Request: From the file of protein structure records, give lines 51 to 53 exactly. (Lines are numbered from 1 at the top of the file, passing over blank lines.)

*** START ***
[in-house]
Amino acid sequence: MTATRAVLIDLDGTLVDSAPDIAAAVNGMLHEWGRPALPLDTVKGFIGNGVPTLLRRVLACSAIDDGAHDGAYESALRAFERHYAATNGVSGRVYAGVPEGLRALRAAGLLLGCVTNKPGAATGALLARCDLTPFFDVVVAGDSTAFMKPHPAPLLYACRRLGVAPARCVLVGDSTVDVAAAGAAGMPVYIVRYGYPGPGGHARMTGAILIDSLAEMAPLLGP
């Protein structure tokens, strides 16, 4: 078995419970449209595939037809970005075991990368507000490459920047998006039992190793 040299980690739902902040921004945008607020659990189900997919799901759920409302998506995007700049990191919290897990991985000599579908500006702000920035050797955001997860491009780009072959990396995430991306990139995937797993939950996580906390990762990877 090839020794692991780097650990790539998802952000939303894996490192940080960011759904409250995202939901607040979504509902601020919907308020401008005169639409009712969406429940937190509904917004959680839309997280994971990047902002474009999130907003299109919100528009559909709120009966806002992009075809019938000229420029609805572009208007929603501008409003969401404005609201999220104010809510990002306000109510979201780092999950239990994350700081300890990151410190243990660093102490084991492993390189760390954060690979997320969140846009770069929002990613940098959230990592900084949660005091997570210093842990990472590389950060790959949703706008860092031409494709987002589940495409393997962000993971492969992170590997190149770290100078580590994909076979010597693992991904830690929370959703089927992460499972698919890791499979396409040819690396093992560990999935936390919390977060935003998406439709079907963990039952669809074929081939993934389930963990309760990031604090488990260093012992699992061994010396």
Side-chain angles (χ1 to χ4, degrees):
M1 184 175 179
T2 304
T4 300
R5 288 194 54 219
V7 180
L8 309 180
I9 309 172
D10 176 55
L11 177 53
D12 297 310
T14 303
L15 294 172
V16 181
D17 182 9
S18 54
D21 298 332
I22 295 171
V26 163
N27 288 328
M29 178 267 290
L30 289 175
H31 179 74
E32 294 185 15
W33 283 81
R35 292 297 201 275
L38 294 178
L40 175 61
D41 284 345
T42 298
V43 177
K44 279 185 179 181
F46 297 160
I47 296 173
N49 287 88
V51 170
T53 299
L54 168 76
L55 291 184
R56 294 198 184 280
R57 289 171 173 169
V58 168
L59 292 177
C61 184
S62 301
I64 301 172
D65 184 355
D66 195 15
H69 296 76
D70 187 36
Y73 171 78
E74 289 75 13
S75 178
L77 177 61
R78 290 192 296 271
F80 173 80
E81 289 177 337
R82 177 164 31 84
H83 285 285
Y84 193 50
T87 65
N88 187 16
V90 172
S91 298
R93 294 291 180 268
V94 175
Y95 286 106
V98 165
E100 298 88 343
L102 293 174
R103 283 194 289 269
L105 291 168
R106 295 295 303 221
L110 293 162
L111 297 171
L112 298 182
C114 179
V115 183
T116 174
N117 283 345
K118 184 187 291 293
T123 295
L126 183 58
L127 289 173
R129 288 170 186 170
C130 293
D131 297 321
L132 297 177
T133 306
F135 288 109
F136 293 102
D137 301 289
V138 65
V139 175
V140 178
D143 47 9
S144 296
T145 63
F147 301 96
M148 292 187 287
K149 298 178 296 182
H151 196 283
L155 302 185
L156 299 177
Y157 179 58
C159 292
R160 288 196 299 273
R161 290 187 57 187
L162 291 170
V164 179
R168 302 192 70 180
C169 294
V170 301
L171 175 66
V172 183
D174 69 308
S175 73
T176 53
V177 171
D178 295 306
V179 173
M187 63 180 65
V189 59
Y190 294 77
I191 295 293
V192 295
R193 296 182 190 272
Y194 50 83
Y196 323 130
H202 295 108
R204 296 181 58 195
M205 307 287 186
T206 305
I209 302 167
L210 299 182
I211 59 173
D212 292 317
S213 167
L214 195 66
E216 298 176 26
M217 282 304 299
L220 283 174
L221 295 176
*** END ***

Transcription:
D66 195 15
H69 296 76
D70 187 36